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Banknote ReporterBanknote Reporter

Banknote Reporter June 2019

The the most comprehensive monthly source of news and information on bank notes and all related fiscal paper. Each issue of Bank Note Reporter includes market values, calendar listings, news briefs, price guides, historical articles on paper money and why certain notes were created. Reports on the people, events and history that have contributed to this hobby make for fascinating reading. For both the new enthusiasts and the veteran collectors.

국가:
United States
언어:
English
출판사:
Active Interest Media
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banknote reporter

PUBLISHER Corinne Zielke GRAPHIC DESIGNER Molly Rauss ASSOCIATE EDITOR Hannah Wiedmeyer F+W, A CONTENT + ECOMMERCE COMPANY Greg Osberg, Chief Executive Officer Ray Chelstowski, SVP, General Manager -Fine Art, Writing, Outdoors and Small Business Group James Woollam, Managing Director-F+W International John Phelan, VP, Consumer Marketing Jason Revzon, VP, Digital Pat Fitzgerald, VP, Product Management ADVERTISING VP, ADVERTISING SALES Kevin D. Smith kevin.smith@fwmedia ADVERTISING REPRESENTATIVE April Krueger april.krueger@fwmedia 715-318-0996 ADVERTISING ASSISTANT Patti Roberts patti.roberts@fwmedia SELF-SERVICE CLASSIFIED ADVERTISING www.banknotereporter.com FOR NEWSSTAND SALES, CONTACT: Scott T. Hill, scott.hill@pubworx.com…

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federal reserve notes dominate signature currency auction

The long awaited Central States auction has come to an end this year. At its end, they reached nearly $34 million in sales. Among all four sections of the auction (U.S. Coins, World Coins, U.S. Currency, and World Currency), they raised $33.7 million in total. The Signature auction of U.S. Coins made up a majority of the sales resulting in nearly $19.5 million, whereas the Signature Currency auction raised nearly $4.3 million overall. As stated in the previous issue of Bank Note Reporter, one of the features of the auction was a $5,000 1934 Federal Reserve note graded About Uncirculated 55 by PMG. Its proxy bid as I wrote the article was $80,000 and was estimated to sell for about $120-150,000. With the results now in, the final sales price of…

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iowa’s “key” to bank architecture

Some years back I had a chance to drive through central Iowa, and I was told by several people to be sure to visit Grinnell, a town that was chock full of wonderful historic structures. I hadn’t forgotten this advice, and so on a bright, sunny day I headed to the western edge of Poweshiek County to see historic Grinnell, Iowa. Grinnell is due east of Des Moines and is easily reached off Interstate 80 at the exit for State Route 146. Grinnell sits at the junction of Route 146 and U.S. Highway 6. Grinnell’s founding seems like a historic fable. The town was founded by and named for Josiah Bushnell Grinnell, an abolitionist pastor at the First Congregational Church in Washington, D.C. After Grinnell lost his pastorate in 1853 for…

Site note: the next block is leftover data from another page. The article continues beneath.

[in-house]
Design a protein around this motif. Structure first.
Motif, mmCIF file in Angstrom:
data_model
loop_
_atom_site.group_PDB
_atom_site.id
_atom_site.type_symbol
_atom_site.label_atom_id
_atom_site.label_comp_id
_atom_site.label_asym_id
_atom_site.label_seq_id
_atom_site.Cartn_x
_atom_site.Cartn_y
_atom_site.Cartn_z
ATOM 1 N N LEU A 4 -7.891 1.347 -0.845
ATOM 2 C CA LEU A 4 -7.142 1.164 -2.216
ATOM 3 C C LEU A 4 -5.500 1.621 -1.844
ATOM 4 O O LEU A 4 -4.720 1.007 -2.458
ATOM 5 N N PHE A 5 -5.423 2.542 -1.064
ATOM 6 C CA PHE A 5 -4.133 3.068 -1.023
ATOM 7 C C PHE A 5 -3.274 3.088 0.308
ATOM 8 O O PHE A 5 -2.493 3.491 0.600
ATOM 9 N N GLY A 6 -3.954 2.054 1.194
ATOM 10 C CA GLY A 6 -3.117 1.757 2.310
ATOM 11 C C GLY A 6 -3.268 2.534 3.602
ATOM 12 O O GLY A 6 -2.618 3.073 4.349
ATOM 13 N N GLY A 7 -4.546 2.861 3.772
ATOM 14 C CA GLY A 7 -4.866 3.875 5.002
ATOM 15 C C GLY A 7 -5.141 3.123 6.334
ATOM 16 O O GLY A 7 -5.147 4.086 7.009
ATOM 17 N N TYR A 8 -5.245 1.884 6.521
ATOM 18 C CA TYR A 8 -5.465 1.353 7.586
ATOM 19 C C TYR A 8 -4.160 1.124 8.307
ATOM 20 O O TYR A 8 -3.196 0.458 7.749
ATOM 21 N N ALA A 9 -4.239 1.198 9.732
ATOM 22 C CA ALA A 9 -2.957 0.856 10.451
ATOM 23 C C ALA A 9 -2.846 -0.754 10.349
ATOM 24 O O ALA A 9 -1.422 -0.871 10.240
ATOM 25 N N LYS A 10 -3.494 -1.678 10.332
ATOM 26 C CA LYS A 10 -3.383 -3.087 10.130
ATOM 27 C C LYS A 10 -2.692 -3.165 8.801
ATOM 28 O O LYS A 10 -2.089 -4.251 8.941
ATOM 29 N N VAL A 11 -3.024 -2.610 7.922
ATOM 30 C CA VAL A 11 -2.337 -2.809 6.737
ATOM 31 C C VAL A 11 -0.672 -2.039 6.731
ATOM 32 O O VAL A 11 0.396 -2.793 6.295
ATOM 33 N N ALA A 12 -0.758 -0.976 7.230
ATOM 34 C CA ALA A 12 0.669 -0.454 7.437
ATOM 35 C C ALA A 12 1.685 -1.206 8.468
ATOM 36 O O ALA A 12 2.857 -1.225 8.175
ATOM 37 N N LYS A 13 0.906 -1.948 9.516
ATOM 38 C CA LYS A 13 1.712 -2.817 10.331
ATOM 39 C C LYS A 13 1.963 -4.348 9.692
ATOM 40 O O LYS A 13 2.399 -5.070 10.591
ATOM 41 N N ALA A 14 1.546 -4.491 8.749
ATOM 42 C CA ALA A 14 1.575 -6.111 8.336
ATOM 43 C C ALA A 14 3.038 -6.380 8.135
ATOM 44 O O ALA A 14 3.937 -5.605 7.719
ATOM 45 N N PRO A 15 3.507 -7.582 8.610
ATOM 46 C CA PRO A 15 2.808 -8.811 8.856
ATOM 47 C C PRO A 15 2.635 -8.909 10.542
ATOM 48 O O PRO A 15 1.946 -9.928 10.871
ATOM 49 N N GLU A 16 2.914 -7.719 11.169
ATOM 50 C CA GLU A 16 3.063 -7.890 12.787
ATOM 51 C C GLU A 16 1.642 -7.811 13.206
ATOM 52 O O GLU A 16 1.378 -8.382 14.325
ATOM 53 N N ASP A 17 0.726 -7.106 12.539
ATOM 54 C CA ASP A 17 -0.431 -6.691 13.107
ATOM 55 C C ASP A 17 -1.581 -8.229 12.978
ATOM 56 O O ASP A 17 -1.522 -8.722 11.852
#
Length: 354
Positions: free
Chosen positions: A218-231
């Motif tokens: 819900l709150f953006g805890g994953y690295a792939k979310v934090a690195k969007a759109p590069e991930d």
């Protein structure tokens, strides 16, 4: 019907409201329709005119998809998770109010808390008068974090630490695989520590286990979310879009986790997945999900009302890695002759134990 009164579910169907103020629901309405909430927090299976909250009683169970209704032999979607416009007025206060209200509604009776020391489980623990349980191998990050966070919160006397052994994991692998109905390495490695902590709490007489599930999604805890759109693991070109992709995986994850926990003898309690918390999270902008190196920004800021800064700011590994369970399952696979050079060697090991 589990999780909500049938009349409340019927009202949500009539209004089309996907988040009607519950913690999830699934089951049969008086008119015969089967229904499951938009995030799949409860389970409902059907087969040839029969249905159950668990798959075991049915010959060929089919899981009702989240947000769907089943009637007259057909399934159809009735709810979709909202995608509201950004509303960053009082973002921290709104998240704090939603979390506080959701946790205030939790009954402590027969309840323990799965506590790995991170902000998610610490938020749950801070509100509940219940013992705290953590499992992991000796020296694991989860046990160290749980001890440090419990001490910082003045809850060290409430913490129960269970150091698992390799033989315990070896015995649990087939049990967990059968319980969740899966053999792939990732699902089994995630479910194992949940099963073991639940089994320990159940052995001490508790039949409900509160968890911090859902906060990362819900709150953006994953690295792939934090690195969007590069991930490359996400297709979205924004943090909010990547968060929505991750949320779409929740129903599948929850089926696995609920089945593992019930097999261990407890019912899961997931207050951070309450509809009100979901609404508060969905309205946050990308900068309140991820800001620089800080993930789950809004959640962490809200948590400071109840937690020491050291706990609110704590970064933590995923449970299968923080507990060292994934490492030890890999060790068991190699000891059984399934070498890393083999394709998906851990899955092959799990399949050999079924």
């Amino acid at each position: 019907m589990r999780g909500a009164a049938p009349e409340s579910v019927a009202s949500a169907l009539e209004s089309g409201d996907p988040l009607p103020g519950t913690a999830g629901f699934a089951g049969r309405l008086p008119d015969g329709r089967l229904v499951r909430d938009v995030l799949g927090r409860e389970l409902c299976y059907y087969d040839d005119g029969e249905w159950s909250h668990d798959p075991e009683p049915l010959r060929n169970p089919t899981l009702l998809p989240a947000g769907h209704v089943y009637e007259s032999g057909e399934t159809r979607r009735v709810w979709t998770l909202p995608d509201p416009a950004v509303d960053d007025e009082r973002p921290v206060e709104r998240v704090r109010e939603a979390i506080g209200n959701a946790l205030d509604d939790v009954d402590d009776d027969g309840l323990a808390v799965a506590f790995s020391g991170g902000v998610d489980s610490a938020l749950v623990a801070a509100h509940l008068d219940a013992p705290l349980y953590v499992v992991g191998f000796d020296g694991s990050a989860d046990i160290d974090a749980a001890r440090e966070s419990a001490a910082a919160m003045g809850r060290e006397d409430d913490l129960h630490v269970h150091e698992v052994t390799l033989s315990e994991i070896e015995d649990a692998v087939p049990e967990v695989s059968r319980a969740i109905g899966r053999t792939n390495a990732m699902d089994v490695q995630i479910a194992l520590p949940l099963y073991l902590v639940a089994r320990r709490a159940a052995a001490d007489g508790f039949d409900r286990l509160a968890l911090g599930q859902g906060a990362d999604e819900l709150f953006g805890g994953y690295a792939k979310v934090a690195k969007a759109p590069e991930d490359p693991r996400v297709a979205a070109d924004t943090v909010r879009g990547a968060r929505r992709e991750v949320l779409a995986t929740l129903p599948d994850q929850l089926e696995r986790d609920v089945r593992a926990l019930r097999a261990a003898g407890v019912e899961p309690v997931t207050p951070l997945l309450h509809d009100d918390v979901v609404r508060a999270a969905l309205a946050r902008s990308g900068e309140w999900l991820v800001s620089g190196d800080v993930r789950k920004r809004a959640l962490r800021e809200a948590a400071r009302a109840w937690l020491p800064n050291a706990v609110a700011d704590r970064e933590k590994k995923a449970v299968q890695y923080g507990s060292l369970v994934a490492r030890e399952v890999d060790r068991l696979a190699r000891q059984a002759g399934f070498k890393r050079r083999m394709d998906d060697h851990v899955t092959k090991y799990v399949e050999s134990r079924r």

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accidents happen!

Treasury Department Bureau of Engraving and Printing Surface Division Memorandum February 15, 1934For the Assistant Director,ProductionSir: Mr. Clyde E. Gross, chief, Issue Division, Treasury Department, and also Miss Johnston of his office, called me over the telephone and stated that they had a package of national bank currency which someone had dropped into the elevator shaft and was damaged, inquiring as to whether an exchange could be made in this Bureau. I informed Mr. Gross that he could return the currency and that I would take it up with your office as to what disposition should be made of the mutilated work. Yesterday, he sent back 378 sheets, 6 subjects, $10 notes, for the First National Bank of Lawrenceville, Georgia, Charter No. 11936, numbered from A1 to A2268. At your direction, the 378 sheets…

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proof of the month

The Allen County National Bank of Scottsville, Kentucky, charter 9356, issued only $10 and $20 Series of 1902 date and plain back notes. The bank has the distinction of having issued exactly two sheets worth of 10-10-10-20 plain backs, specifically sheets 721 and 722. The bank was a minimally capitalized entity organized in 1909 having a circulation of only $6,250. It was liquidated May 12, 1921, when it was absorbed by the competing First National Bank there. There wasn’t much demand for replacement notes with such a small circulation so its 1902 date backs lasted in the Comptroller’s inventory into the 1920s ending with sheet 720. The two Series of 1902 plain back sheets arrived just before the bank closed. With a total of only 2,888 notes issued over its…

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reader’s showcase

Mark Drengson submitted this spectacular serial 1-A 1902DB from Starbuck, Minnesota. Notes from this small bank are overrepresented thanks to the Ella Overby hoard discovered in 1970 in Glenwood, Minn. The hoard was loaded with some 140 or more high-grade Starbuck notes from the bank, which was located across Lake Minnewaska from Glenwood, but this number 1 note was not among them. Instead, this jewel came down through the family of George W. Hughes, who signed as cashier. Hughes wrote a memoir that came with the note that included this fabulous quote: “I was very much elated at the thought of signing my name on money that would go all over the U.S. The $5 bill, Serial No. 1, I put in my safety box and have never taken it…

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